Further strategy could include checking the weather forecast, but also having reliable monitoring systems of the worksite environment in place, according to Saget.
Humidity levels, breeze and other factors all affect how much heat is experienced by humans — and some factors may not be very apparent. For example, because hats reduce the amount of heat that is shed from the head, some experts suggest that workers in direct sunlight should swap their hats for visors.
When people are exposed to hot environments, they burn more sugars, according to Dominique Gagnon, researcher at the Centre for Research in Occupational Safety and Health (CROSH) at Laurentian University in Sudbury.
“Since we store limited stores of sugars, prolonged work in the heat leads to depletion of sugars and fatigue,” he says. “Unless someone working in the heat remains hydrated and ingests small but constant doses of sugars, there is a high likelihood that fatigue will occur, compromising safety, productivity and ultimately health.”
This is where a buddy system can work very well, where workers remind each other to drink enough water and sugars, or to take breaks as mandated in the plan.
However, it’s important to remember that a buddy system is only a part of what an organizational commitment to safety should entail, says McLeod, noting workers may not necessarily be in close proximity to their colleagues throughout a workday.
Having an awareness of collective responsibility, educating workers on signs of heat stress and individuals taking action are each important, he says.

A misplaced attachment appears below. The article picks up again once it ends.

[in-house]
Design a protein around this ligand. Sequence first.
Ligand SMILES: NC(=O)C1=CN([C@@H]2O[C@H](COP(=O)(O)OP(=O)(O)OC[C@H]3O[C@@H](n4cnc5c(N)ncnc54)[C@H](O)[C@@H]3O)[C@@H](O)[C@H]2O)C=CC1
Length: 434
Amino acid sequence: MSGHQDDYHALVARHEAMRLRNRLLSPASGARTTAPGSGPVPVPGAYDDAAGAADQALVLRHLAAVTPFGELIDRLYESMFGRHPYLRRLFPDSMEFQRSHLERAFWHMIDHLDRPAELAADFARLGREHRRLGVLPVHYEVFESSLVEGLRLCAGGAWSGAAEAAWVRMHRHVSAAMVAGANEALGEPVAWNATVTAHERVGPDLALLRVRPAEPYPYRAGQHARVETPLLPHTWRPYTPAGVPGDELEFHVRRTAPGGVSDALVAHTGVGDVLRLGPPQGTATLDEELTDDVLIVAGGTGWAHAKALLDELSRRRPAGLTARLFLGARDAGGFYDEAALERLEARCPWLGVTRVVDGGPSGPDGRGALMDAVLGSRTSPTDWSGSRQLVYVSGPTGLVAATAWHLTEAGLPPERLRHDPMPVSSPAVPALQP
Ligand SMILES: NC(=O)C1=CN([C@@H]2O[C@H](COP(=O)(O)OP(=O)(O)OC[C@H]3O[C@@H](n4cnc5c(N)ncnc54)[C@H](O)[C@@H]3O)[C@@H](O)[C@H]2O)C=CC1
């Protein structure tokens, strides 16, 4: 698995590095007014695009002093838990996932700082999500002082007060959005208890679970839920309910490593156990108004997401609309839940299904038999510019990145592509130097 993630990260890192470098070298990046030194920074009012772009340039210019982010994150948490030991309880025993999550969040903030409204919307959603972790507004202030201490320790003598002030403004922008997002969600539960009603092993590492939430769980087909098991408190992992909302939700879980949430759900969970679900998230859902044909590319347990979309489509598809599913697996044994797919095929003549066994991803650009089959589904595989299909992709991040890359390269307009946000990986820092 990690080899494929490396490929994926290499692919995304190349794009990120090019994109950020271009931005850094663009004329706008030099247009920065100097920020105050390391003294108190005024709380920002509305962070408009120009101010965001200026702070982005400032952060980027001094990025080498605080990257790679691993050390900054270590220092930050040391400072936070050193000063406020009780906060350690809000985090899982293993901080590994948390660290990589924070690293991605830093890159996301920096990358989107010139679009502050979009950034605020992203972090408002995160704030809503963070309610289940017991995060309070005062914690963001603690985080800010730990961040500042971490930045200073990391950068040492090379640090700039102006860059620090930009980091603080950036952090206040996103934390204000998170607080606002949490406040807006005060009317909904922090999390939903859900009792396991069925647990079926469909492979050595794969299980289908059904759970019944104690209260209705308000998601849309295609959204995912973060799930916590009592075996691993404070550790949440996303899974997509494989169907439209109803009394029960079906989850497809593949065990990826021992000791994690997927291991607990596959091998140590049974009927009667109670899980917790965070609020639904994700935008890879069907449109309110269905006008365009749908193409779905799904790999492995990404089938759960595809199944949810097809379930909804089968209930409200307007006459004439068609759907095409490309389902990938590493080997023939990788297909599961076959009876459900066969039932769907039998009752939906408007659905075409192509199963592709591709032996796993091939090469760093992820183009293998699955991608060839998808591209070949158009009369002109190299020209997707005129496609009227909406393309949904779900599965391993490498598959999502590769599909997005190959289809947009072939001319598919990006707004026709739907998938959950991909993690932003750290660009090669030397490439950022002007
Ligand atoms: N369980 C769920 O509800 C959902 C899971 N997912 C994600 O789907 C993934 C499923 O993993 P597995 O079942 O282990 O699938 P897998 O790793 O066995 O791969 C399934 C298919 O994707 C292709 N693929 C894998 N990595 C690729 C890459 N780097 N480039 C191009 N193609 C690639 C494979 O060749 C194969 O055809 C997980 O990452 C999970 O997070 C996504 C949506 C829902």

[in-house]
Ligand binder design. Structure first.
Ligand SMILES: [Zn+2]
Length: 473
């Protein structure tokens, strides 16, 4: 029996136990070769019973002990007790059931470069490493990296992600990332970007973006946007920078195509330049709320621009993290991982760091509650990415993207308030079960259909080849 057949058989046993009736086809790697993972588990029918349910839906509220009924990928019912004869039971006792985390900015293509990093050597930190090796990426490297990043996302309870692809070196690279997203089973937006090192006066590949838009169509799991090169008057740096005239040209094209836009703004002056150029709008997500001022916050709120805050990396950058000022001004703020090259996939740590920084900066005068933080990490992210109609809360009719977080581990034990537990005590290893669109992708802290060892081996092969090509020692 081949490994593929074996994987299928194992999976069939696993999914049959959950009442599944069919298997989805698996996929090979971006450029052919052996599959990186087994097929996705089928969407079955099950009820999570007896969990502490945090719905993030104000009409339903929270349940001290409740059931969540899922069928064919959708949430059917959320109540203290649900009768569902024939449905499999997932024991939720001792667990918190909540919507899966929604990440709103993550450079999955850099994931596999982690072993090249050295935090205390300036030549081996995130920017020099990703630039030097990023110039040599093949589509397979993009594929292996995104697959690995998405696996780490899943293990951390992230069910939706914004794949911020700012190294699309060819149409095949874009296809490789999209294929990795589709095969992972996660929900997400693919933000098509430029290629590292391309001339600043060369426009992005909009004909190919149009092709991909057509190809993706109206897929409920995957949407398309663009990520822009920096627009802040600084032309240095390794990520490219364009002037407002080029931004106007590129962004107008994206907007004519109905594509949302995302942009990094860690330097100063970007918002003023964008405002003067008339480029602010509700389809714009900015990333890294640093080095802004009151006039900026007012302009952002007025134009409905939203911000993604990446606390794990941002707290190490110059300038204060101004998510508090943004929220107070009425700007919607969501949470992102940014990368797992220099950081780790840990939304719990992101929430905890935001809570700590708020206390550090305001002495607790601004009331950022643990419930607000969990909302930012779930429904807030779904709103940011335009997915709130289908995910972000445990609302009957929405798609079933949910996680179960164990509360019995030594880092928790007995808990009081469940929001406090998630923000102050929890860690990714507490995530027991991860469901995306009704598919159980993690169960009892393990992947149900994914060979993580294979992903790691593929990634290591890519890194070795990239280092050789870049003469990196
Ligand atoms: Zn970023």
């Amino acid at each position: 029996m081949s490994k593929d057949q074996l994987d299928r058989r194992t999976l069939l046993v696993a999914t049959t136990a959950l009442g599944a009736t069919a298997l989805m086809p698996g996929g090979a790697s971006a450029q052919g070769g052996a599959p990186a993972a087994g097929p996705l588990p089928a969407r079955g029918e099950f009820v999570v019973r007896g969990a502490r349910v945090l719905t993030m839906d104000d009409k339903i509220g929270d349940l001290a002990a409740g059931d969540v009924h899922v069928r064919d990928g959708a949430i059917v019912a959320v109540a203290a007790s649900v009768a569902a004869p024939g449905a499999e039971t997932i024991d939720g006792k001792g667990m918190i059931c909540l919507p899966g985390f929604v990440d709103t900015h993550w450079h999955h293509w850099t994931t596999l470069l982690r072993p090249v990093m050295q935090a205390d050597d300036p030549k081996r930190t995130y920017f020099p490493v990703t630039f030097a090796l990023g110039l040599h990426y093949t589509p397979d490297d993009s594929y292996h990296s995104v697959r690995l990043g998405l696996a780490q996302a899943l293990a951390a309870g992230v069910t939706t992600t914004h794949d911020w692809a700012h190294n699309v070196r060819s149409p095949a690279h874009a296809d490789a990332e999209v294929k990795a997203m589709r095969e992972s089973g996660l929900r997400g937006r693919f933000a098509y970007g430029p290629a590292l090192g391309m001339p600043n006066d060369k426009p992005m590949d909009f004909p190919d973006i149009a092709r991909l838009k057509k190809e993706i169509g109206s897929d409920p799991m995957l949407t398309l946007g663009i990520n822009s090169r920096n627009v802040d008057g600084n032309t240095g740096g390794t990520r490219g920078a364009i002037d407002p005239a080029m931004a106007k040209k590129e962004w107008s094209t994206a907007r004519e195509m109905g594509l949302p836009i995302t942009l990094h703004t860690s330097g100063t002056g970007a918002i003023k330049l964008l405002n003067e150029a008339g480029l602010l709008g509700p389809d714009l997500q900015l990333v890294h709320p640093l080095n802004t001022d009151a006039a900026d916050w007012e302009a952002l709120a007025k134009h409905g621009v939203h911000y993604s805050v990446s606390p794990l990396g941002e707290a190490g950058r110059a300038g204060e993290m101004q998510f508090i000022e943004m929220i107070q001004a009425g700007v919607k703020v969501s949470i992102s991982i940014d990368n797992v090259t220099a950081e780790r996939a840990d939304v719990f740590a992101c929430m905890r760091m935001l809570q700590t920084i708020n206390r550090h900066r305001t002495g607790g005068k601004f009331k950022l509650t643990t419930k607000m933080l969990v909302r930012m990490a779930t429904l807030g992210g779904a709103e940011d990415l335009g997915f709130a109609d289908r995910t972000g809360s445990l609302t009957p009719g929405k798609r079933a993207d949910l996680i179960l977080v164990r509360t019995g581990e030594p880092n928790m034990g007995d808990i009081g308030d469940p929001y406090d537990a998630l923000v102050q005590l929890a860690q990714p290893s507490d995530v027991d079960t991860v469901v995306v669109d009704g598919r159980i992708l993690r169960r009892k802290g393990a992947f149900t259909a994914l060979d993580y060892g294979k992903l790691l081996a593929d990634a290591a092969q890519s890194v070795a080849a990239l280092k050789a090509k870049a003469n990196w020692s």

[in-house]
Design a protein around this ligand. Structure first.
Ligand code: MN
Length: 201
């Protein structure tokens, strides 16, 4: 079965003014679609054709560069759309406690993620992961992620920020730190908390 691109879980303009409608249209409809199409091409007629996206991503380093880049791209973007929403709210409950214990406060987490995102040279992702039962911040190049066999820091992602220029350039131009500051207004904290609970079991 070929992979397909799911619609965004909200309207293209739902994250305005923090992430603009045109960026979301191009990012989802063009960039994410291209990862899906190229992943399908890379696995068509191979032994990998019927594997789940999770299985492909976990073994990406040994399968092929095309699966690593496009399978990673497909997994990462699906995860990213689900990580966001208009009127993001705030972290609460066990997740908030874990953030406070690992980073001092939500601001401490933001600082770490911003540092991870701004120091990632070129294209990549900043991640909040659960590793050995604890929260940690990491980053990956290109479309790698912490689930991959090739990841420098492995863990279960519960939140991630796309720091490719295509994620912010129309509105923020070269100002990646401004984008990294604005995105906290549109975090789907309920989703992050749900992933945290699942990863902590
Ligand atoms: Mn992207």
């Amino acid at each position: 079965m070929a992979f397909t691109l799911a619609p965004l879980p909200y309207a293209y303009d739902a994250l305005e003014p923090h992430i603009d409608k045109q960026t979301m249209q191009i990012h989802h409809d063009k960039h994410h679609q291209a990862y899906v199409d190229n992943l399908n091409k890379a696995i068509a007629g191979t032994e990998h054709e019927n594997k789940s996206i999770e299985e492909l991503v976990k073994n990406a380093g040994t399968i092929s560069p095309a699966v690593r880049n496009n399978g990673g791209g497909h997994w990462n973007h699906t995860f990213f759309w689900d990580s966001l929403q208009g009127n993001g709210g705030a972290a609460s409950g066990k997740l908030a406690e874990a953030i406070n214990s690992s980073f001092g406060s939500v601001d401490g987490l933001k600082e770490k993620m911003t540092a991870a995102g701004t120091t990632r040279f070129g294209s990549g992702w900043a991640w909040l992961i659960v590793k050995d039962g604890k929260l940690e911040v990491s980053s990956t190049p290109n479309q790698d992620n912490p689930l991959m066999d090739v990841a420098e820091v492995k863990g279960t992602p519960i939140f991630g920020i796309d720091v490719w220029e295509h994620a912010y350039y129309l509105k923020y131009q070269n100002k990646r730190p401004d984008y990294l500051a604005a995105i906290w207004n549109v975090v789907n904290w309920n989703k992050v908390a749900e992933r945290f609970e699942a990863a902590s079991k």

“But we all have to realize that in some circumstances, there must be limits on how much workers are asked to do on a hot day and how long they should work. It doesn’t have to be that hot for these limits to be appropriate.”
Some helpful options are already available for OHS professionals in the climate-change fight.
Led by Dr. Ariane Adam-Poupart, the Institut national de santé publique du Québec (INSPQ) is working to strengthen the capacity of workplace adaptation to the impacts of climate change.
The first conceptual framework of the potential impacts of climate change on OHS in Canada, with a focus on Quebec, was published by Adam-Poupart.
In this framework, five types of hazards that could have direct or indirect impacts on workers were identified — heat waves, air pollutants, ultraviolet radiation, extreme weather events and zoonotic diseases.
The framework also includes research on the negative psychosocial impacts on workers of extreme weather events such as floods, workplace risks associated with zoonoses such as Lyme disease and West Nile virus, as well as adaptation measures to protect workers.
Specific tools include pamphlets for workers and employers regarding Lyme disease — available in a variety of languages — and a related interactive training tool, currently available only in French.
Other bilingual tools include guidelines for OHS professionals to calculate break times in heat waves and a worker survey form to guide the creation of a heat-wave report.
Novel technologies are also likely to be introduced in a variety of occupations to deal with heat stress, says Gagnon, and many have already been developed for workers in Canadian mines, including cooling garments, gear and temporary cooling rooms.
Treena Hein is a freelance reporter in Ottawa.